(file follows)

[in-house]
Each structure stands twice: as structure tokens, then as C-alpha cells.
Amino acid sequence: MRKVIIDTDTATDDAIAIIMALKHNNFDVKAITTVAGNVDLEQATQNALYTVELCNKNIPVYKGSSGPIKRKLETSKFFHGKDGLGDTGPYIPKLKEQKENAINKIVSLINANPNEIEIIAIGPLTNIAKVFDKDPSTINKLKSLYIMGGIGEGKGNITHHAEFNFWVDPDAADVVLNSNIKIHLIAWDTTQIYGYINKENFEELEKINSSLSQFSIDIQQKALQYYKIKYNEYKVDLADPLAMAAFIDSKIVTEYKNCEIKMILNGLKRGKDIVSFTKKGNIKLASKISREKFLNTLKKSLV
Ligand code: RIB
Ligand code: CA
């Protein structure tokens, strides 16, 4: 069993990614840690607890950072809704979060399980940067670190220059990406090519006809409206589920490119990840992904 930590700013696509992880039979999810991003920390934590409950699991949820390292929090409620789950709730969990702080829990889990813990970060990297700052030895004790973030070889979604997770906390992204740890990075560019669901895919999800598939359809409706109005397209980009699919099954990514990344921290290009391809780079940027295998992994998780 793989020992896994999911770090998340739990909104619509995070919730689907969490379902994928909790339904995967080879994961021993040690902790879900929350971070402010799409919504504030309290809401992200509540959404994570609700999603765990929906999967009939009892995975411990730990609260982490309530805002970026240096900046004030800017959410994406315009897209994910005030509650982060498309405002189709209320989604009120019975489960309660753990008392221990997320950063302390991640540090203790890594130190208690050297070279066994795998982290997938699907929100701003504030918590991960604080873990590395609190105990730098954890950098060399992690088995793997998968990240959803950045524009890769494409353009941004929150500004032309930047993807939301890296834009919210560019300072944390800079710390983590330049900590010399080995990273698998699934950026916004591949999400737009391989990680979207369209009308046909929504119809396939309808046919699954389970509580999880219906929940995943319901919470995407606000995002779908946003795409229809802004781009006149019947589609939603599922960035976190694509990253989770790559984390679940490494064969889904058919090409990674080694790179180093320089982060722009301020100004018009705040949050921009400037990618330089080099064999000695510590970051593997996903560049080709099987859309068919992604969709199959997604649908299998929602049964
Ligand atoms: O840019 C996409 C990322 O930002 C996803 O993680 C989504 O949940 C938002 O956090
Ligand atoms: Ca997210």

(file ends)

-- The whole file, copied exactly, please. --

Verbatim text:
[in-house]
Each structure stands twice: as structure tokens, then as C-alpha cells.
Amino acid sequence: MRKVIIDTDTATDDAIAIIMALKHNNFDVKAITTVAGNVDLEQATQNALYTVELCNKNIPVYKGSSGPIKRKLETSKFFHGKDGLGDTGPYIPKLKEQKENAINKIVSLINANPNEIEIIAIGPLTNIAKVFDKDPSTINKLKSLYIMGGIGEGKGNITHHAEFNFWVDPDAADVVLNSNIKIHLIAWDTTQIYGYINKENFEELEKINSSLSQFSIDIQQKALQYYKIKYNEYKVDLADPLAMAAFIDSKIVTEYKNCEIKMILNGLKRGKDIVSFTKKGNIKLASKISREKFLNTLKKSLV
Ligand code: RIB
Ligand code: CA
């Protein structure tokens, strides 16, 4: 069993990614840690607890950072809704979060399980940067670190220059990406090519006809409206589920490119990840992904 930590700013696509992880039979999810991003920390934590409950699991949820390292929090409620789950709730969990702080829990889990813990970060990297700052030895004790973030070889979604997770906390992204740890990075560019669901895919999800598939359809409706109005397209980009699919099954990514990344921290290009391809780079940027295998992994998780 793989020992896994999911770090998340739990909104619509995070919730689907969490379902994928909790339904995967080879994961021993040690902790879900929350971070402010799409919504504030309290809401992200509540959404994570609700999603765990929906999967009939009892995975411990730990609260982490309530805002970026240096900046004030800017959410994406315009897209994910005030509650982060498309405002189709209320989604009120019975489960309660753990008392221990997320950063302390991640540090203790890594130190208690050297070279066994795998982290997938699907929100701003504030918590991960604080873990590395609190105990730098954890950098060399992690088995793997998968990240959803950045524009890769494409353009941004929150500004032309930047993807939301890296834009919210560019300072944390800079710390983590330049900590010399080995990273698998699934950026916004591949999400737009391989990680979207369209009308046909929504119809396939309808046919699954389970509580999880219906929940995943319901919470995407606000995002779908946003795409229809802004781009006149019947589609939603599922960035976190694509990253989770790559984390679940490494064969889904058919090409990674080694790179180093320089982060722009301020100004018009705040949050921009400037990618330089080099064999000695510590970051593997996903560049080709099987859309068919992604969709199959997604649908299998929602049964
Ligand atoms: O840019 C996409 C990322 O930002 C996803 O993680 C989504 O949940 C938002 O956090
Ligand atoms: Ca997210």